Inscribed stones in vicarage garden
- Heritage Category:
- Scheduled Monument
- List Entry Number:
- Date first listed:
The above map is for quick reference purposes only and may not be to scale. For a copy of the full scale map, please see the attached PDF - 1003871.pdf
The PDF will be generated from our live systems and may take a few minutes to download depending on how busy our servers are. We apologise for this delay.
This copy shows the entry on 01-Mar-2021 at 20:38:21.
The building or site itself may lie within the boundary of more than one authority.
- West Devon (District Authority)
- National Grid Reference:
- SX 48092 74292, SX 48111 74275, SX 48127 74282
Three early Christian memorial stones in the garden of Tavistock Vicarage, 70m south west of the Parish Church.
Reasons for Designation
Early Christian memorial stones are inscribed freestanding stones commemorating named individuals and dating to the early medieval period (c. AD 400-1100). The stones are erect, roughly dressed or undressed slabs, bearing incised inscriptions, usually set in one or more vertical lines down one face of the slab. The texts are usually in Latin and very rarely stones also have inscriptions in an Irish script called ogham. Most inscriptions are simple, bearing a personal name and often stating a family relationship, such as `filii' (son of), to another personal name. Early Christian memorial stones are largely restricted to areas, which retained Celtic traditions during the early medieval period, in England, they are almost entirely confined to the South West. They represent a very rare and diverse class of monument important for our understanding of the social organisation and the development of literacy and Christianity during the early medieval period.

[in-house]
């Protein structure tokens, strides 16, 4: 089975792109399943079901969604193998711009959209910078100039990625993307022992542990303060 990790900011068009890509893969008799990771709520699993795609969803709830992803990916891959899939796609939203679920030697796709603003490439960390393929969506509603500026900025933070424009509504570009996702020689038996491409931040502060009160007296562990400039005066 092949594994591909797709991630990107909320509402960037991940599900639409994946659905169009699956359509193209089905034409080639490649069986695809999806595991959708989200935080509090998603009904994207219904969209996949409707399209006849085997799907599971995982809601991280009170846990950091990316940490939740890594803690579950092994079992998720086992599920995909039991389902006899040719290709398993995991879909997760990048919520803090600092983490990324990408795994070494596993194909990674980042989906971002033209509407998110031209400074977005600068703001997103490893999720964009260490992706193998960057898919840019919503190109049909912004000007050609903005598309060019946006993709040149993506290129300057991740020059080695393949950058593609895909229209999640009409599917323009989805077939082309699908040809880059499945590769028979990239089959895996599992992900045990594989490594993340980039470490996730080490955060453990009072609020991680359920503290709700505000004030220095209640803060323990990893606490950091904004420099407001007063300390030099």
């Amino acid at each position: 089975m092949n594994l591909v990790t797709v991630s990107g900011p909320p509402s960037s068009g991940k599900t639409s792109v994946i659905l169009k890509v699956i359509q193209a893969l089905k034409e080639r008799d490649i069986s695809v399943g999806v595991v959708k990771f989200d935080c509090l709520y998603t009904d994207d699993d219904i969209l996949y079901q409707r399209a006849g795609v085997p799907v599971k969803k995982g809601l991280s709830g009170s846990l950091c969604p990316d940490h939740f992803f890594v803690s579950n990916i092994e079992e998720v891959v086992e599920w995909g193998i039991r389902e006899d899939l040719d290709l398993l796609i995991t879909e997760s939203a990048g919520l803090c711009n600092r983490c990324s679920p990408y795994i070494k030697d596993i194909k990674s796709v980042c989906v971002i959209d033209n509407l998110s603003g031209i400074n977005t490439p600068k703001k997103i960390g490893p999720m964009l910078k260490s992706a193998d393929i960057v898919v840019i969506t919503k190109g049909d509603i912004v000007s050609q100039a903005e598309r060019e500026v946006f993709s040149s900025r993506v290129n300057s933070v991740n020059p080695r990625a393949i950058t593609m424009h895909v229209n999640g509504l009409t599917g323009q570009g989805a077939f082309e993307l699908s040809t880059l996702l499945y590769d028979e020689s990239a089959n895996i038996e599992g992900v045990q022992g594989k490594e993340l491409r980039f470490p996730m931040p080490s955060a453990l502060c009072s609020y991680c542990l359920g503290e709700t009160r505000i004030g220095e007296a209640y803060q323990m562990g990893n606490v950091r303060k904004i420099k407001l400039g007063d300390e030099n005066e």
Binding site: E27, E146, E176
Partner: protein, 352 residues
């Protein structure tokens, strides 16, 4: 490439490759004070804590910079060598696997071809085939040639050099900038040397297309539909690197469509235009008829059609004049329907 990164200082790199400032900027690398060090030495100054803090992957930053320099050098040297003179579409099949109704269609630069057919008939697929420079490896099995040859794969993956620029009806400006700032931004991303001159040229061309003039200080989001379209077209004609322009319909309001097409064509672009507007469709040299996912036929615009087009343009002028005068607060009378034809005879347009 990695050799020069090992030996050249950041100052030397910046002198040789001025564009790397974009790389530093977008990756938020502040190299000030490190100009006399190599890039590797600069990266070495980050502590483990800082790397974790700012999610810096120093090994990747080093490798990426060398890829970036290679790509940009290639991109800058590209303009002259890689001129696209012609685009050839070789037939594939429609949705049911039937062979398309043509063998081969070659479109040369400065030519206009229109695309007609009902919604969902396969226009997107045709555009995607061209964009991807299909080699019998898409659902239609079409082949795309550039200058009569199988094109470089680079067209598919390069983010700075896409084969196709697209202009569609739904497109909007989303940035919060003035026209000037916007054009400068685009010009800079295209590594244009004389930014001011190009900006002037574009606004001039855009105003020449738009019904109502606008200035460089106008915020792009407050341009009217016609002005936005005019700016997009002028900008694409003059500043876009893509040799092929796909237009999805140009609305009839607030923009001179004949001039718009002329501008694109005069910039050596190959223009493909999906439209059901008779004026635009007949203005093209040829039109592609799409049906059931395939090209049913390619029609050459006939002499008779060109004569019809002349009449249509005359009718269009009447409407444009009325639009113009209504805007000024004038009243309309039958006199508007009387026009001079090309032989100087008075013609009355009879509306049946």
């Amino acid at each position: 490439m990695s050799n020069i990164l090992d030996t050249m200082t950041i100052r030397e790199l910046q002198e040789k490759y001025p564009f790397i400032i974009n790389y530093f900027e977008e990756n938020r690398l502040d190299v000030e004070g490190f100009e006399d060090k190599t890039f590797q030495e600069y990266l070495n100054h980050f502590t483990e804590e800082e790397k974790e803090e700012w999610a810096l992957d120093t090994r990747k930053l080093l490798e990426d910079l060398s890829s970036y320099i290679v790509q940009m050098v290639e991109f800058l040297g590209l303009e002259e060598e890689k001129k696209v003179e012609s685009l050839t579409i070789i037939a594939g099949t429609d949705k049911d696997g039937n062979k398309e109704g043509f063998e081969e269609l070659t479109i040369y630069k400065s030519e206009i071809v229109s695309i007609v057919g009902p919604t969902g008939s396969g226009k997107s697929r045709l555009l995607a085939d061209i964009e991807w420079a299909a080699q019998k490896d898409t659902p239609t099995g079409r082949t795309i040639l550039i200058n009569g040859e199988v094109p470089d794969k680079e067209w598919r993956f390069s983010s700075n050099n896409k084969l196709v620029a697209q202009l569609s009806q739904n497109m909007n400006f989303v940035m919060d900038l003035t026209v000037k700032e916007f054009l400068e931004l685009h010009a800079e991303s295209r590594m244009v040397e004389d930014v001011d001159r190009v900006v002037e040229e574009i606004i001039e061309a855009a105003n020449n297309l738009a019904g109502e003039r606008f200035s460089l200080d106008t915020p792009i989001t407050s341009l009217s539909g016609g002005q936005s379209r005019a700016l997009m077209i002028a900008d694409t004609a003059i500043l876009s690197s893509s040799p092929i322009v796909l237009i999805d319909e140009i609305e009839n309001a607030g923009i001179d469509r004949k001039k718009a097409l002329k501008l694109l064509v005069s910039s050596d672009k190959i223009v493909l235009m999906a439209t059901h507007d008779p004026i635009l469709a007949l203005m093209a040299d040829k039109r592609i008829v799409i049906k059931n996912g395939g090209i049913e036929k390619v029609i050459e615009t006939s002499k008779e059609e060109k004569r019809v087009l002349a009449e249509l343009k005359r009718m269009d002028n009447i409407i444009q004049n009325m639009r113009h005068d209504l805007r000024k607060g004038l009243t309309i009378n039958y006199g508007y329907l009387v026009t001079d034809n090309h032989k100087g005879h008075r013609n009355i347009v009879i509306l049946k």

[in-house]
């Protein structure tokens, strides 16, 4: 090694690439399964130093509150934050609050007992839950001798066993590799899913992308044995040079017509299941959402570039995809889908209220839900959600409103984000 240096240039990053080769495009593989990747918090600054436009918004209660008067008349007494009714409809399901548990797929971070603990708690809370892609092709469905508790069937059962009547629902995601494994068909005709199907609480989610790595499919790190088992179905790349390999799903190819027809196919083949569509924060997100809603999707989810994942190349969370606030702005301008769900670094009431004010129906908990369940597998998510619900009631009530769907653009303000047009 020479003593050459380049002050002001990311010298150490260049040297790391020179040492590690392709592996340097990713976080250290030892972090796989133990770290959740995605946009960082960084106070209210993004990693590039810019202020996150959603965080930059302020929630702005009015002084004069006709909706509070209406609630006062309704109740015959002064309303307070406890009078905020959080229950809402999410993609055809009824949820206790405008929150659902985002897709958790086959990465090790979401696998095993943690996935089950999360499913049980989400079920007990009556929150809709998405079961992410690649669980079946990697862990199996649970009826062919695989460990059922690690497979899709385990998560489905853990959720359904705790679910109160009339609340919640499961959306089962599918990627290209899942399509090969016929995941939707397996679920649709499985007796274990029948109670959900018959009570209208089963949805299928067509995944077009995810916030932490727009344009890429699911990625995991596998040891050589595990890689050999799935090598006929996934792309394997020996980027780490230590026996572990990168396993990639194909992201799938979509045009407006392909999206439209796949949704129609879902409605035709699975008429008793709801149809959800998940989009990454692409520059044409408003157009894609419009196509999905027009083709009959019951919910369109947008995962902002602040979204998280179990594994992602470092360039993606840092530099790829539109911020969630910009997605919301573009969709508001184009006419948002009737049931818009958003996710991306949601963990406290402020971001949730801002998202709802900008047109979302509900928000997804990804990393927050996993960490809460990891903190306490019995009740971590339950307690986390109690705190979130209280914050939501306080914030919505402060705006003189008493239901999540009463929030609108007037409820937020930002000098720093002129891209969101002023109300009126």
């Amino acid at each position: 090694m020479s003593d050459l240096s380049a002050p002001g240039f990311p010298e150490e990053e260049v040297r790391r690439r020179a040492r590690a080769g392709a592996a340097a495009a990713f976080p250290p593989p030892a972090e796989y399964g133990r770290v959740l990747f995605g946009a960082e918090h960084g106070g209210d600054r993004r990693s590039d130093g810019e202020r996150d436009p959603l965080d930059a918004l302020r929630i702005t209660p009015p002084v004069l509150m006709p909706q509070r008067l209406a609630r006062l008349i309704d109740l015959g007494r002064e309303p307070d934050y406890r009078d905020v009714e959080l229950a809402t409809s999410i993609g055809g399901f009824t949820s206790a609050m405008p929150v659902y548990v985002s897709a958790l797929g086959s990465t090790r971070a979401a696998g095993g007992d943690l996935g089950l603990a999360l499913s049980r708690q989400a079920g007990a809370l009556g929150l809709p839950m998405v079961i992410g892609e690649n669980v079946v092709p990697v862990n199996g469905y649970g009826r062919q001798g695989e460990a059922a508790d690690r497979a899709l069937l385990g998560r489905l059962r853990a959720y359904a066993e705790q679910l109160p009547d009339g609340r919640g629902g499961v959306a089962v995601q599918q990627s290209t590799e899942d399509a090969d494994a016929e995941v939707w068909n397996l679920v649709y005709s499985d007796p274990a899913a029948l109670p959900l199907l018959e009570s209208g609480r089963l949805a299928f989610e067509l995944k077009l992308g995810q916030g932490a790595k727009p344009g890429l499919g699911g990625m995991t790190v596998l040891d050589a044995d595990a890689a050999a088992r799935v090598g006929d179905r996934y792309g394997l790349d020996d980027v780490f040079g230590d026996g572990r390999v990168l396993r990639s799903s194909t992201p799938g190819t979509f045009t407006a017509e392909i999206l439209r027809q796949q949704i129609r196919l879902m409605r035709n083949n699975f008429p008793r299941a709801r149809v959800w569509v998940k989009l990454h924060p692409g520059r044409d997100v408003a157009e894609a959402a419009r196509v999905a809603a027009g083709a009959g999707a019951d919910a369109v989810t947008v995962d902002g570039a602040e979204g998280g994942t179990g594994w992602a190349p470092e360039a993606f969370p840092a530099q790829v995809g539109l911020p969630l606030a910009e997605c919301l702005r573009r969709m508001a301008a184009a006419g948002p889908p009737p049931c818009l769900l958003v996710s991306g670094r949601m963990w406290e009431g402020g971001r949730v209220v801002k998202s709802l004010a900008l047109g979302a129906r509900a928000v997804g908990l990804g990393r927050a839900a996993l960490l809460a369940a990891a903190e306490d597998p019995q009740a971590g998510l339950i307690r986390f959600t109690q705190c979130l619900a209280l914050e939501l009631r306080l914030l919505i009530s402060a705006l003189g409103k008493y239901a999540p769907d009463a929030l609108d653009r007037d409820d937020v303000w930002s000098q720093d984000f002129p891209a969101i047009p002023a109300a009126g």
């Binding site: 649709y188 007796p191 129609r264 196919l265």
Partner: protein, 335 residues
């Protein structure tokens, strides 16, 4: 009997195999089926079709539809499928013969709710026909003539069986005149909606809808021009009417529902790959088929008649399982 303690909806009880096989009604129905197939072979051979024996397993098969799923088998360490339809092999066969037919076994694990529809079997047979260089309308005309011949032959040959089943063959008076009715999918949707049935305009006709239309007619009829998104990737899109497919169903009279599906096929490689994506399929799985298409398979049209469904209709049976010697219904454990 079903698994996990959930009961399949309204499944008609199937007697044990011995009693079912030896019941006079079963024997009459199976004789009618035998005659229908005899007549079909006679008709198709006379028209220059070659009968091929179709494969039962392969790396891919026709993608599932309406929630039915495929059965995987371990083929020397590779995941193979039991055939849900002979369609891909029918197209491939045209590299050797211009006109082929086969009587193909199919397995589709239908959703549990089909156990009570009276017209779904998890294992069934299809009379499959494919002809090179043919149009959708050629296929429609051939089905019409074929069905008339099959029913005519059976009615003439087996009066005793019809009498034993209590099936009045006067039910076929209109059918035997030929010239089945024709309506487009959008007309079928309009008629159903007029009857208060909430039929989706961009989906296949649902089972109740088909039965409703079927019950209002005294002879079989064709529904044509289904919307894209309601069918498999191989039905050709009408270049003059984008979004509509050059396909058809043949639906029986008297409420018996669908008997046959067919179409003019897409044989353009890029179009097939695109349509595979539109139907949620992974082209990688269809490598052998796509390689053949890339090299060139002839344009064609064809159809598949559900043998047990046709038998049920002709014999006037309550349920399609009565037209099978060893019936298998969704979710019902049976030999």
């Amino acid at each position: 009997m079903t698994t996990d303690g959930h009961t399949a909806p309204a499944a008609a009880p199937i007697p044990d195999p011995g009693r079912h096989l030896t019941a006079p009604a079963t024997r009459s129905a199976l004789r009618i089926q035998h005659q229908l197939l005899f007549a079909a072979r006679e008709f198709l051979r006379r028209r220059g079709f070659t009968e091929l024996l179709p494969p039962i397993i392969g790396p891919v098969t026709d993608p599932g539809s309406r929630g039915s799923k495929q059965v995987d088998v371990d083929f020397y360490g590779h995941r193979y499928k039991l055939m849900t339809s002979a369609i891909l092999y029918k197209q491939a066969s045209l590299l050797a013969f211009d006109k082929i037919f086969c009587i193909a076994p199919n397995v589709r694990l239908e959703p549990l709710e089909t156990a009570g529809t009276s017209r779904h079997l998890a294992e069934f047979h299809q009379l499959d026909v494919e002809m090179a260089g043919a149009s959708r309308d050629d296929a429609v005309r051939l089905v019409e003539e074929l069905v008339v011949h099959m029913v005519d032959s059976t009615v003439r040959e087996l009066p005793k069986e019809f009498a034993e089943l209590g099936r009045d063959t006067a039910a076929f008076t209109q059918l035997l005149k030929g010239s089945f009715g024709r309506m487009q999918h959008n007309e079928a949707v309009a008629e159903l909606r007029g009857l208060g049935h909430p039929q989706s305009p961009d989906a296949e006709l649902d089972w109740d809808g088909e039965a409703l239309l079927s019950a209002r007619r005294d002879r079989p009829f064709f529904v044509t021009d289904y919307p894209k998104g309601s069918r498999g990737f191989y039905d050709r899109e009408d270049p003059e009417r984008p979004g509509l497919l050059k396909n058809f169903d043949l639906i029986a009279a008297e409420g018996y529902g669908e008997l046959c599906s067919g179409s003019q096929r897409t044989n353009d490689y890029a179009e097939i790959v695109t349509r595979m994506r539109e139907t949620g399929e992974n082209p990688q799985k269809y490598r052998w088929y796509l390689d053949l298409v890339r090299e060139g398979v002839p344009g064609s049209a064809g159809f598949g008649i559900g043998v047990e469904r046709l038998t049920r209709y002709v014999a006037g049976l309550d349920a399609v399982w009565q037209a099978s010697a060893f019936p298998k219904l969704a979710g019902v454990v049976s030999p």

The group of three stones in the garden of the Vicarage in Tavistock is unusual. The ogham script stone is especially rare and in all cases the writing is clearly defined. Although not in their original locations, they have clearly been assembled together as a collection held in high regard and this has undoubtedly helped to preserve them. Two of the stones have associations with Irish families, which is clearly very important in the evidence it provides for Anglo-Irish relationships at an early period.
This record was the subject of a minor enhancement on 27 October 2015. This record has been generated from an "old county number" (OCN) scheduling record. These are monuments that were not reviewed under the Monuments Protection Programme and are some of our oldest designation records.
The monument, which falls into three areas, includes three early Christian memorial stones situated in the garden to the south of the Vicarage in Tavistock, immediately south west of the Parish Church. The monument survives as three earthfast standing stones with carved inscriptions all dating to between the 5th and 6th centuries AD. The northernmost stone stands to a height of 2m, is made from granite and bears the Latin inscription ‘NEPRANI FILI CONBEVI’. It was found in the pavement in nearby West Street, Tavistock in 1780. The easternmost stone, also granite, bears the Latin inscription ‘SABINI FILI MACCODECHETI’, it has a small niche on one face and is 1.8m high. The name seems to have an Irish connection. It was found in a blacksmith’s shop at Buckland Monachorum, being used as a support, in 1804. The westernmost stone is the earliest of the three. It bears the Latin inscription ‘DOBUNNI FABRI FILII ENABARRI’ and an ogham inscription ‘on arris ENABARR’, and also the name appears to have an Irish link. This stone was found in use as a gatepost beside a road on Roborough Down in 1804 and seems to have been demonstrating the pagan custom of interment by the roadside.
The contents of this record have been generated from a legacy data system.
- Legacy System number:
- DV 100
- Legacy System:
- RSM - OCN
PastScape Monument No:- 437968
This monument is scheduled under the Ancient Monuments and Archaeological Areas Act 1979 as amended as it appears to the Secretary of State to be of national importance. This entry is a copy, the original is held by the Department for Digital, Culture, Media and Sport.
End of official listing